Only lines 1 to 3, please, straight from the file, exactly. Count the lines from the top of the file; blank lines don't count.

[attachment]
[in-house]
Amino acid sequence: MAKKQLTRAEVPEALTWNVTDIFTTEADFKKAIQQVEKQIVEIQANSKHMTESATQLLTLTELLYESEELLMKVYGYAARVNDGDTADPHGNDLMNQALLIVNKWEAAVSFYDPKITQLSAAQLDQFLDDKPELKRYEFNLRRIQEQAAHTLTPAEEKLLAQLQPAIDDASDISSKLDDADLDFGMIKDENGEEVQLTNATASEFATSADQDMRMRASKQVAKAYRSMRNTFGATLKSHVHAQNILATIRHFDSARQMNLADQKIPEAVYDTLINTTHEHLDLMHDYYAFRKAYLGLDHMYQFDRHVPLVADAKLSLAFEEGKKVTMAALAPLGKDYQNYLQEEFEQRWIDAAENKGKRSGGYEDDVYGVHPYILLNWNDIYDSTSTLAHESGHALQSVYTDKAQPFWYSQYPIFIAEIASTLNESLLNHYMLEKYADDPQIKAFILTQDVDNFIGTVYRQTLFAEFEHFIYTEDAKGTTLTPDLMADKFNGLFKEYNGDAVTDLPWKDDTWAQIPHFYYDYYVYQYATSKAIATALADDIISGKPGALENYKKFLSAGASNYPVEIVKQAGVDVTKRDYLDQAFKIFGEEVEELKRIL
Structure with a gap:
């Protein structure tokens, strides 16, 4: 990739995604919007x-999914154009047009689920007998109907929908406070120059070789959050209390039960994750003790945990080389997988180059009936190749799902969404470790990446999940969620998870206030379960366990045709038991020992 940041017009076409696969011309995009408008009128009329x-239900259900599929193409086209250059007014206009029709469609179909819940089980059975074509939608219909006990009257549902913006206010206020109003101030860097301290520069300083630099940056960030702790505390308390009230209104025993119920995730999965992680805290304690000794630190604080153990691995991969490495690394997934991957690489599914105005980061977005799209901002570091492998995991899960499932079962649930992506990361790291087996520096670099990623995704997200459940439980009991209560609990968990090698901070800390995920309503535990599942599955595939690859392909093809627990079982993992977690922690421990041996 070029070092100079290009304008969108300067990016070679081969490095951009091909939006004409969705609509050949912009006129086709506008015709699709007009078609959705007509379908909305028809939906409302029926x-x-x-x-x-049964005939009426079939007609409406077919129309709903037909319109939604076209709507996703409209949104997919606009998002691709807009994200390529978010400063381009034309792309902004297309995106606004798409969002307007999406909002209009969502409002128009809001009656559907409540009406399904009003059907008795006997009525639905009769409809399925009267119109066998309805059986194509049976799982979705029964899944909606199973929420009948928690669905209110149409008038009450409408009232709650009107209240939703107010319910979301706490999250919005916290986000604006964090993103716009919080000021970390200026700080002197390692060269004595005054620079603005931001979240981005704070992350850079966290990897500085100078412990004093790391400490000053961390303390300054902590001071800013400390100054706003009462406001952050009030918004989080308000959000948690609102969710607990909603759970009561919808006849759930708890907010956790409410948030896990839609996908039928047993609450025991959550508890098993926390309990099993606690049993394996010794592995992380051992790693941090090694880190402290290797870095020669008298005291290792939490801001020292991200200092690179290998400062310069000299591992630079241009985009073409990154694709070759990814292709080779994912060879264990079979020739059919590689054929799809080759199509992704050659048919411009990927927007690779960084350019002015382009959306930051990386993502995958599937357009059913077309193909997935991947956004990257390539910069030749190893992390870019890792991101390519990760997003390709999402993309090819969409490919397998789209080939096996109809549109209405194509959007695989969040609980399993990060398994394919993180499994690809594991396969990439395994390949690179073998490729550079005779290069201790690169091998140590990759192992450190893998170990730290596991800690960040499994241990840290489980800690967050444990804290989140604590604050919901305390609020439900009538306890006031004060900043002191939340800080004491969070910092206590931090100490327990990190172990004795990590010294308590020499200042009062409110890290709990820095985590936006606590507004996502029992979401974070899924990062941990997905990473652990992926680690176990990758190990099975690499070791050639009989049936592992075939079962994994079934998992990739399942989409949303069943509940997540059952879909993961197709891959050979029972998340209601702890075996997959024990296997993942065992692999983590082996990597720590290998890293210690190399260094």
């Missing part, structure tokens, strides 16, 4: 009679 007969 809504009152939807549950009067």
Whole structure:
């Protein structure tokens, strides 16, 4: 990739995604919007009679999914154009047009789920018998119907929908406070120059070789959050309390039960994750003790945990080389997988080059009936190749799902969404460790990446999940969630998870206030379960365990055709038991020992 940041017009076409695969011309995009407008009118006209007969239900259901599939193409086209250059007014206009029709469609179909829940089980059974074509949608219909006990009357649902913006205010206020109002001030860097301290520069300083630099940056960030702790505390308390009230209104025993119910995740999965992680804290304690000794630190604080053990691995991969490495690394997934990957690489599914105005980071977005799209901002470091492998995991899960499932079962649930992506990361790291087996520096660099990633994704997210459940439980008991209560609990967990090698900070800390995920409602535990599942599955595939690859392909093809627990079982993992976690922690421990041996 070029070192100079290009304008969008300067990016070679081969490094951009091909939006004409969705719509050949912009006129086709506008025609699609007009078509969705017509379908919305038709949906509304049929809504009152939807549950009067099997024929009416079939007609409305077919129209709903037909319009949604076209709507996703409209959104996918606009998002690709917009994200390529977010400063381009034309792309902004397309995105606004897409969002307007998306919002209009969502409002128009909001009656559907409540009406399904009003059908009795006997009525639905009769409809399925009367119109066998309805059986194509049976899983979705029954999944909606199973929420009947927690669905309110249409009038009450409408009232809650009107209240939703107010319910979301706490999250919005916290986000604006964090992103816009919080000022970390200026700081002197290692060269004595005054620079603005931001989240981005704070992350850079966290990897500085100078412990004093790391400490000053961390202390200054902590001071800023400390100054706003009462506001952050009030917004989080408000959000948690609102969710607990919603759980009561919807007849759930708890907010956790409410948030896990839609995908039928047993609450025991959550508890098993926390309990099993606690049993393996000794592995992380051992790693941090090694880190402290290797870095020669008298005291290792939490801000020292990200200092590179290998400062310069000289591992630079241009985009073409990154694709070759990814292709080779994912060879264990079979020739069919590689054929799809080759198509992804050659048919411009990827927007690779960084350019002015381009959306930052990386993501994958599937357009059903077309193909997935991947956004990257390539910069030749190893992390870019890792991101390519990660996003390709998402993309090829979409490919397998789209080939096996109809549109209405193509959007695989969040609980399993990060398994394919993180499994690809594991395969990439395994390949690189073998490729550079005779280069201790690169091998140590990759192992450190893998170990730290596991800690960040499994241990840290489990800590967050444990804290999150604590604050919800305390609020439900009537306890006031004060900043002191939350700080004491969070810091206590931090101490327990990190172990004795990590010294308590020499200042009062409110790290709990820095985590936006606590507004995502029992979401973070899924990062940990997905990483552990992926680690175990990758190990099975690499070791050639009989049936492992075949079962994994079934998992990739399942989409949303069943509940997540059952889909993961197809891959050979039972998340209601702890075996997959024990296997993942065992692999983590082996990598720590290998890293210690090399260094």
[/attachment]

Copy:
[in-house]
Amino acid sequence: MAKKQLTRAEVPEALTWNVTDIFTTEADFKKAIQQVEKQIVEIQANSKHMTESATQLLTLTELLYESEELLMKVYGYAARVNDGDTADPHGNDLMNQALLIVNKWEAAVSFYDPKITQLSAAQLDQFLDDKPELKRYEFNLRRIQEQAAHTLTPAEEKLLAQLQPAIDDASDISSKLDDADLDFGMIKDENGEEVQLTNATASEFATSADQDMRMRASKQVAKAYRSMRNTFGATLKSHVHAQNILATIRHFDSARQMNLADQKIPEAVYDTLINTTHEHLDLMHDYYAFRKAYLGLDHMYQFDRHVPLVADAKLSLAFEEGKKVTMAALAPLGKDYQNYLQEEFEQRWIDAAENKGKRSGGYEDDVYGVHPYILLNWNDIYDSTSTLAHESGHALQSVYTDKAQPFWYSQYPIFIAEIASTLNESLLNHYMLEKYADDPQIKAFILTQDVDNFIGTVYRQTLFAEFEHFIYTEDAKGTTLTPDLMADKFNGLFKEYNGDAVTDLPWKDDTWAQIPHFYYDYYVYQYATSKAIATALADDIISGKPGALENYKKFLSAGASNYPVEIVKQAGVDVTKRDYLDQAFKIFGEEVEELKRIL
Structure with a gap: